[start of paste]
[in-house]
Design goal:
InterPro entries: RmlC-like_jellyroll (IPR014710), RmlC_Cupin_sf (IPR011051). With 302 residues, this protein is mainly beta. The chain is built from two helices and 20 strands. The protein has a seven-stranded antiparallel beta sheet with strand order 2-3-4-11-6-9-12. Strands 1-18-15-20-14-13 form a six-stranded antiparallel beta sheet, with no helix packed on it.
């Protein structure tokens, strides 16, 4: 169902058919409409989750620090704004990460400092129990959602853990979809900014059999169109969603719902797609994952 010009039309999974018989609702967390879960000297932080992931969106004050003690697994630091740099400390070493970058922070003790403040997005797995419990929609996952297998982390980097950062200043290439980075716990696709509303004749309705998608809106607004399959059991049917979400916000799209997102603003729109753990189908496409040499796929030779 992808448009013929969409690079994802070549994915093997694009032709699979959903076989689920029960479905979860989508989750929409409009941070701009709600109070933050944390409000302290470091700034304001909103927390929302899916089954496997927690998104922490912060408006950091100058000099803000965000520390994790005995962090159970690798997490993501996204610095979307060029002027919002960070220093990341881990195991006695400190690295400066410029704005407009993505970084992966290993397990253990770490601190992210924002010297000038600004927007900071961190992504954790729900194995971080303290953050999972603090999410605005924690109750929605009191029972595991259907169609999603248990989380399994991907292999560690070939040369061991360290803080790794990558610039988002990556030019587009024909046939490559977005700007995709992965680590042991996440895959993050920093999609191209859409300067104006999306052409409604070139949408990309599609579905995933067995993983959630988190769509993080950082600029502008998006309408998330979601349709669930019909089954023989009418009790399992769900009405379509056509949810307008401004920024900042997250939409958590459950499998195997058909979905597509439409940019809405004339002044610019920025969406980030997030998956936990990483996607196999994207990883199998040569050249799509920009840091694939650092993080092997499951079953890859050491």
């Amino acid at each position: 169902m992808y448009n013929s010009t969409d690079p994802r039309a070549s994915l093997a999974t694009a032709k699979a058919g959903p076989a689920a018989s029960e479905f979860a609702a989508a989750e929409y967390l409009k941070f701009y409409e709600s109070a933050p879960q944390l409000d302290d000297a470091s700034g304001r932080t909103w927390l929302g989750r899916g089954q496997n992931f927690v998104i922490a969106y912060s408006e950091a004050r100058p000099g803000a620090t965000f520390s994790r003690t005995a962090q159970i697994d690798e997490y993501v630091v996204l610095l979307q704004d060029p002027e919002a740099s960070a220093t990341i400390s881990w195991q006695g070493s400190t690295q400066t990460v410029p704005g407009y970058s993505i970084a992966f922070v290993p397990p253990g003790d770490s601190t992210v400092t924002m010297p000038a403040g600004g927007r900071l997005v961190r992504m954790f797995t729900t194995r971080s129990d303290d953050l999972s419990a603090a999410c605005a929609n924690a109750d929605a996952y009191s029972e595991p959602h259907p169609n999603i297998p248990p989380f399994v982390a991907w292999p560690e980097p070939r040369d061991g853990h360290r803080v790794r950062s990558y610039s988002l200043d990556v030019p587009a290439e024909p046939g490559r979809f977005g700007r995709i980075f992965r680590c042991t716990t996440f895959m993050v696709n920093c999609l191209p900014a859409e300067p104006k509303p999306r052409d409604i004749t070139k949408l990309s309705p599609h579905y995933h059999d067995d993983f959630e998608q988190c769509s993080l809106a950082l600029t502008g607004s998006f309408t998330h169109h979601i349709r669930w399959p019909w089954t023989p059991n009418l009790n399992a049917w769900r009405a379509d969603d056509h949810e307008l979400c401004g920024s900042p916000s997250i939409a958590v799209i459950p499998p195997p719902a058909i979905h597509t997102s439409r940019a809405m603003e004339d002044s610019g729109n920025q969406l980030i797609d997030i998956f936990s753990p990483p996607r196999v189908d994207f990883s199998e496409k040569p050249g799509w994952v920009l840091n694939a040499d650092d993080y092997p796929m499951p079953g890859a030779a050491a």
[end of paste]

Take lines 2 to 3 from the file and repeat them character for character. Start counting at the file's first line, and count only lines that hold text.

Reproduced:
Design goal:
InterPro entries: RmlC-like_jellyroll (IPR014710), RmlC_Cupin_sf (IPR011051). With 302 residues, this protein is mainly beta. The chain is built from two helices and 20 strands. The protein has a seven-stranded antiparallel beta sheet with strand order 2-3-4-11-6-9-12. Strands 1-18-15-20-14-13 form a six-stranded antiparallel beta sheet, with no helix packed on it.